Friday, March 5, 2010

James and Me

Alan and I greatly enjoyed our sixteen years living in Orlando, Florida.  Without question, the jobs we held, the homes in which we lived, and the awesome people we still call friends will always be with us.  But there was also a woeful lack of seasons and an over-aggressive mosquito population.  Add to that a summer heat that made you sweat, as Dad would put it, "like a whore in church!"  The good always out-weighed the bad, however, and I soon learned to accept my adopted state's shortcomings.

But I confess, there's one aspect of Orlando I never quite learned to love: it's complete lack of history.  If you asked any native octogenarian about Orlando's past, chances are the reply would be, "This all used to be orange groves, as FAR as the eye could see!" Unlike historical Key West or St. Augustine, Orlando didn't have much of anything until Uncle Walt showed up in the early 1960's and made it the world's favorite tourist destination.

So imagine what it was like to move from the orange grove history of Orlando to that of the city of York, in Pennsylvania, one of America's original thirteen colonies. Talk about HISTORY!!  York is the city to which the signers of the Declaration of Independence fled once the British overtook Philadelphia.  It was here that the Continental Congress met and established the articles of the Confederation.  You can still walk through the historical courthouse today and view the tables, chairs, quill pens and state flags set up exactly as it appeared during those historic days.  It's really quite something.

From the moment Alan and I arrived here, we couldn't get enough of visiting Pennsylvania's rich past.  We toured every museum and  colonial village in downtown York, and spent our weekends checking out nearby Gettysburg and Valley Forge.  With every tour, every glimpse into our nation's storied past, those old orange groves gently faded away behind us.  We were officially hooked!!

So, with my new "History Geek" status firmly in place, I responded to an ad in the paper requesting volunteers for the York Heritage Trust Library. The ad stated the Trust was in need of "data entry" type help, and I jumped at the chance to go "behind the scenes," immersed in shelf after shelf of hundred year old books, documents, maps, and letters.  I learned the Trust is also a place where people come to research families and trace genealogies.  They have a record of the epitaph of every grave marker in every cemetery and church yard in the entire Southern/Central PA area.  It's really quite staggering!  If you were born here, even if you lived for only a few hours, the Trust has a documented history of you.  You count.  I like that!!

My job the first day was alphabetizing some of these cemetery records. Even that was fascinating:

Sneider, Theodore.
March 26, 1782 -- November 16, 1782.
Aged: 8 months.
Cause of Death:  Diphtheria.

Crazy!

But the next day, my boss came to me hugging a folder.  "Ready for some fun?"  she asked. Then she revealed her treasure:  letters.  Written by James Smith, Irish Immigrant, Lawyer, Pennsylvania Representative, Signer of the Declaration of Independence!!!  IN MY HANDS!!!  She needed me to transpose the letters into the data base in the library's computer.

Many of the letters were lawyer business, stolen cows and wrongfully accused disturbers of the peace.  But then came the letters to his wife back in Lancaster.  He talks a little about war, saying things like, "we should be able to take back New York from the British by week's end," among other unimaginable things.  Then there's the light stuff.  Here's an excerpt that James penned to Elinor on August 15, 1776, just one month after the Declaration of Independence had been signed:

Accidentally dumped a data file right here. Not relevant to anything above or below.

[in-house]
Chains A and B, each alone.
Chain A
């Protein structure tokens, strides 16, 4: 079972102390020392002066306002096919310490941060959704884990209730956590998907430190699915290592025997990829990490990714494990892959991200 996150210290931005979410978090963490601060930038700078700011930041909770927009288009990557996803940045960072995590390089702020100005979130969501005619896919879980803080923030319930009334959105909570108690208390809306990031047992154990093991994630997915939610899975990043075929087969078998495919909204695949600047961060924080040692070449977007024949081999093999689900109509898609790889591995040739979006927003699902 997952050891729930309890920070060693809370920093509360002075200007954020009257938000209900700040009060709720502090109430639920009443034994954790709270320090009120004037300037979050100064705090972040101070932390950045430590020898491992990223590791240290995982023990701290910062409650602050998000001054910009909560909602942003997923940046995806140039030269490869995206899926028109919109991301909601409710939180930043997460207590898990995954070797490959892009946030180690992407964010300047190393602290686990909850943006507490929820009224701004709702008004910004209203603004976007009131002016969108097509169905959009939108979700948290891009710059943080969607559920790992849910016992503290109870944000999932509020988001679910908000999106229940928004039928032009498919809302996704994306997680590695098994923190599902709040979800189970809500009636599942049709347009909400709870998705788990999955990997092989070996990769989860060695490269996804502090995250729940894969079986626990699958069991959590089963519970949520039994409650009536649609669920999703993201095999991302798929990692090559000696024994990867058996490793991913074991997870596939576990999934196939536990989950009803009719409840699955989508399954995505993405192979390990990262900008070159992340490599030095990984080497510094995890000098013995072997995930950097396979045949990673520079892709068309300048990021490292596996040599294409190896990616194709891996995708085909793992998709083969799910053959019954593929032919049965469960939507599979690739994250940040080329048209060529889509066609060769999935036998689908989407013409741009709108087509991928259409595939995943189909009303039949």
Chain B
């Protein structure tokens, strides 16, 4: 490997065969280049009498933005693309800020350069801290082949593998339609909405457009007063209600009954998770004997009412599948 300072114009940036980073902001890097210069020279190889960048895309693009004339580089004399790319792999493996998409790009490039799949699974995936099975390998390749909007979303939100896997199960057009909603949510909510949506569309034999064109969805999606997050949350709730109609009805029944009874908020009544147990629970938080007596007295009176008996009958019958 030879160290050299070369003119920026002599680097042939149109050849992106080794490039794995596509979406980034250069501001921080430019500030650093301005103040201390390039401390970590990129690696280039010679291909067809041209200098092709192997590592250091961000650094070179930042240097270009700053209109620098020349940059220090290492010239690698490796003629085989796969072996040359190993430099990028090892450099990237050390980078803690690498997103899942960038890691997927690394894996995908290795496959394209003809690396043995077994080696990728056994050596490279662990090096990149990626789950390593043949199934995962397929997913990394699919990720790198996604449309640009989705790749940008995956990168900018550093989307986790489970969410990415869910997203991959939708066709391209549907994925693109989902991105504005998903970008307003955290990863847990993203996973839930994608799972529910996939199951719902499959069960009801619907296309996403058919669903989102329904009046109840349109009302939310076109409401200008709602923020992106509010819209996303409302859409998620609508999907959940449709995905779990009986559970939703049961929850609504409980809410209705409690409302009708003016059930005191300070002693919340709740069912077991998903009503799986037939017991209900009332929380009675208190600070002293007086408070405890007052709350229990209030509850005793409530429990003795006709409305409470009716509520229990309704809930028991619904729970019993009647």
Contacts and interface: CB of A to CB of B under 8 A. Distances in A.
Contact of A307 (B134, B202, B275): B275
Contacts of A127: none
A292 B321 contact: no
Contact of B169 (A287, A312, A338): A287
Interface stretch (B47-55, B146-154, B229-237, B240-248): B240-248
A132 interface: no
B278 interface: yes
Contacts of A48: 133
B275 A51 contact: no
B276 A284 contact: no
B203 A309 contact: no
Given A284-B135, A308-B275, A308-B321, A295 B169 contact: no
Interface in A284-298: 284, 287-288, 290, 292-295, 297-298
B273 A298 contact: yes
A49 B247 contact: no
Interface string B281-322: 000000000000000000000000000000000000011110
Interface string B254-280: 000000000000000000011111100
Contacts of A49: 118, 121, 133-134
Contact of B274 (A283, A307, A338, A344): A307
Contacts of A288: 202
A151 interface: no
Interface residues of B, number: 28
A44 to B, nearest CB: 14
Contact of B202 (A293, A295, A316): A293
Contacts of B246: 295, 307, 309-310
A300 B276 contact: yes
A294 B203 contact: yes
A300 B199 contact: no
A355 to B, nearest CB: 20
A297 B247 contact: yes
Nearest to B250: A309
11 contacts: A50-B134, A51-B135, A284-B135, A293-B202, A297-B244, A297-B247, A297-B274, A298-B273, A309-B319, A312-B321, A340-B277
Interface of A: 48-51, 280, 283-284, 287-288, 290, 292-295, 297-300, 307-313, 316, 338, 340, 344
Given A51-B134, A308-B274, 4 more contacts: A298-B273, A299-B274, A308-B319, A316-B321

"I have got a touch of rheumatism in my shoulder by sleeping with my windows open. Mr. Adams [this is JOHN ADAMS he's referring to, people!!] says I very well deserve it, for being so careless.  I told him as Mr. Duchee prays for us every day, I thought there was no need to take care of ourselves.  He told me God helps them who help themselves.  Mr. Hancock [John FREAKING Hancock!  You know, "big signature guy!!"] is a better doctor, as he has something of ye gout himself and has promised me some pine buds to make tea."

Is it just me, or is it not just COMPLETELY cool that here, buried beneath piles and piles of historical documents, our forefathers reminisced about their ailments and shared PINE BUD TEA recipes, for crying out loud??!!  Take THAT, orange groves!!

There are so many things that go through my head as I work this amazing gig.  One is how proud I am of the York Heritage Trust and the amazing people who have devoted their entire careers to preserving not just the history of York's rock stars like James Smith, but EVERY citizen therein. It also forces me to realize once again how intensely tenacious our forefathers were in their determination to establish and preserve this country of ours.

My hours spent with James Smith make me want to be a better person. He makes me want to be someone who stands up for what she believes and strives to make things better, no matter what the odds.   I guess that's the beauty of history.  It warns us of the mistakes it's made, and inspires us to mimic their success.

Who knows, maybe someday, many hundreds of years in the future, someone will be typing MY words into a data base at York Heritage Trust, preserving my (historical!) writing for all time.  Someone will approach the new volunteer, hugging a thick manilla envelope.  They'll place it gently on the desk in front of her and ask, "Have you ever heard of a blog called, 'Anything Fits A Naked Man?'"

Thanks for Reading!!

63 comments:

We live in a Zoo! said...

The thing that blows me away about history, is how people saved all of those letters. And then how much of history we are able to piece together with those letters. Crazy!

Matthew said...

Never say never.... after all, from small acorns grow mighty oak trees (and other cliches)!